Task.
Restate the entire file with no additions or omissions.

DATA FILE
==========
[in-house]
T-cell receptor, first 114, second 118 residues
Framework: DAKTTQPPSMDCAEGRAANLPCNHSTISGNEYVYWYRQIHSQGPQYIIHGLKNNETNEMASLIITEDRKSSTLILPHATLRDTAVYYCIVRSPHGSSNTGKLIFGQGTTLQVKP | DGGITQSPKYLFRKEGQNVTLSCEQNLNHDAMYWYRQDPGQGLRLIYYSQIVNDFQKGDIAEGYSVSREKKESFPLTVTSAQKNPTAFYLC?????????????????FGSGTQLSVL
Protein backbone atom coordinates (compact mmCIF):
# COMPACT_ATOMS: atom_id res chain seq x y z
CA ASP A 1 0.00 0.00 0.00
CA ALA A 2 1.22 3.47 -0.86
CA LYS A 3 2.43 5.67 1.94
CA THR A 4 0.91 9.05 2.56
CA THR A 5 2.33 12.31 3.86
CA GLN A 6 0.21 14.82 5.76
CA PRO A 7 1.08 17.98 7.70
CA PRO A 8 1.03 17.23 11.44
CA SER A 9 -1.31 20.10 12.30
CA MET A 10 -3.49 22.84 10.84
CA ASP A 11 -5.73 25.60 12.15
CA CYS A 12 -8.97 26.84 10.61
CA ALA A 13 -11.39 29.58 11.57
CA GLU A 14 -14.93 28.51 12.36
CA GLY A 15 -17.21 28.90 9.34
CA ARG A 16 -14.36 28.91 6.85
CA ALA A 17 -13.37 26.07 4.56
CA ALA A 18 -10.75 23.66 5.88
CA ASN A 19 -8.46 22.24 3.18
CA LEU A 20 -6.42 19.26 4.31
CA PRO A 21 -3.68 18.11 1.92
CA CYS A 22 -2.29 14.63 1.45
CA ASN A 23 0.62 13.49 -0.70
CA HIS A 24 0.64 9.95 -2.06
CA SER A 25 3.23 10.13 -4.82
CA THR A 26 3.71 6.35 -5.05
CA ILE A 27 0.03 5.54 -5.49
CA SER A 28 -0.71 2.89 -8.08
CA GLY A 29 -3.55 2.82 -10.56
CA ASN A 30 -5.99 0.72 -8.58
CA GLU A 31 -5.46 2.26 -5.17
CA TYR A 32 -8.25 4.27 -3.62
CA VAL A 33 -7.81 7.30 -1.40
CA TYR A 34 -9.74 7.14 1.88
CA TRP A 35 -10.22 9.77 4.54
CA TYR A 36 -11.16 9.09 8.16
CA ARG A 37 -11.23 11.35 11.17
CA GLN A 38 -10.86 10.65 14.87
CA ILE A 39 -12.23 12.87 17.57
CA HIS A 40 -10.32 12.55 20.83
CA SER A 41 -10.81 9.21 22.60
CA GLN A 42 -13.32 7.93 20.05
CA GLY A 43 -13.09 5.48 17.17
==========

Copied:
[in-house]
T-cell receptor, first 114, second 118 residues
Framework: DAKTTQPPSMDCAEGRAANLPCNHSTISGNEYVYWYRQIHSQGPQYIIHGLKNNETNEMASLIITEDRKSSTLILPHATLRDTAVYYCIVRSPHGSSNTGKLIFGQGTTLQVKP | DGGITQSPKYLFRKEGQNVTLSCEQNLNHDAMYWYRQDPGQGLRLIYYSQIVNDFQKGDIAEGYSVSREKKESFPLTVTSAQKNPTAFYLC?????????????????FGSGTQLSVL
Protein backbone atom coordinates (compact mmCIF):
# COMPACT_ATOMS: atom_id res chain seq x y z
CA ASP A 1 0.00 0.00 0.00
CA ALA A 2 1.22 3.47 -0.86
CA LYS A 3 2.43 5.67 1.94
CA THR A 4 0.91 9.05 2.56
CA THR A 5 2.33 12.31 3.86
CA GLN A 6 0.21 14.82 5.76
CA PRO A 7 1.08 17.98 7.70
CA PRO A 8 1.03 17.23 11.44
CA SER A 9 -1.31 20.10 12.30
CA MET A 10 -3.49 22.84 10.84
CA ASP A 11 -5.73 25.60 12.15
CA CYS A 12 -8.97 26.84 10.61
CA ALA A 13 -11.39 29.58 11.57
CA GLU A 14 -14.93 28.51 12.36
CA GLY A 15 -17.21 28.90 9.34
CA ARG A 16 -14.36 28.91 6.85
CA ALA A 17 -13.37 26.07 4.56
CA ALA A 18 -10.75 23.66 5.88
CA ASN A 19 -8.46 22.24 3.18
CA LEU A 20 -6.42 19.26 4.31
CA PRO A 21 -3.68 18.11 1.92
CA CYS A 22 -2.29 14.63 1.45
CA ASN A 23 0.62 13.49 -0.70
CA HIS A 24 0.64 9.95 -2.06
CA SER A 25 3.23 10.13 -4.82
CA THR A 26 3.71 6.35 -5.05
CA ILE A 27 0.03 5.54 -5.49
CA SER A 28 -0.71 2.89 -8.08
CA GLY A 29 -3.55 2.82 -10.56
CA ASN A 30 -5.99 0.72 -8.58
CA GLU A 31 -5.46 2.26 -5.17
CA TYR A 32 -8.25 4.27 -3.62
CA VAL A 33 -7.81 7.30 -1.40
CA TYR A 34 -9.74 7.14 1.88
CA TRP A 35 -10.22 9.77 4.54
CA TYR A 36 -11.16 9.09 8.16
CA ARG A 37 -11.23 11.35 11.17
CA GLN A 38 -10.86 10.65 14.87
CA ILE A 39 -12.23 12.87 17.57
CA HIS A 40 -10.32 12.55 20.83
CA SER A 41 -10.81 9.21 22.60
CA GLN A 42 -13.32 7.93 20.05
CA GLY A 43 -13.09 5.48 17.17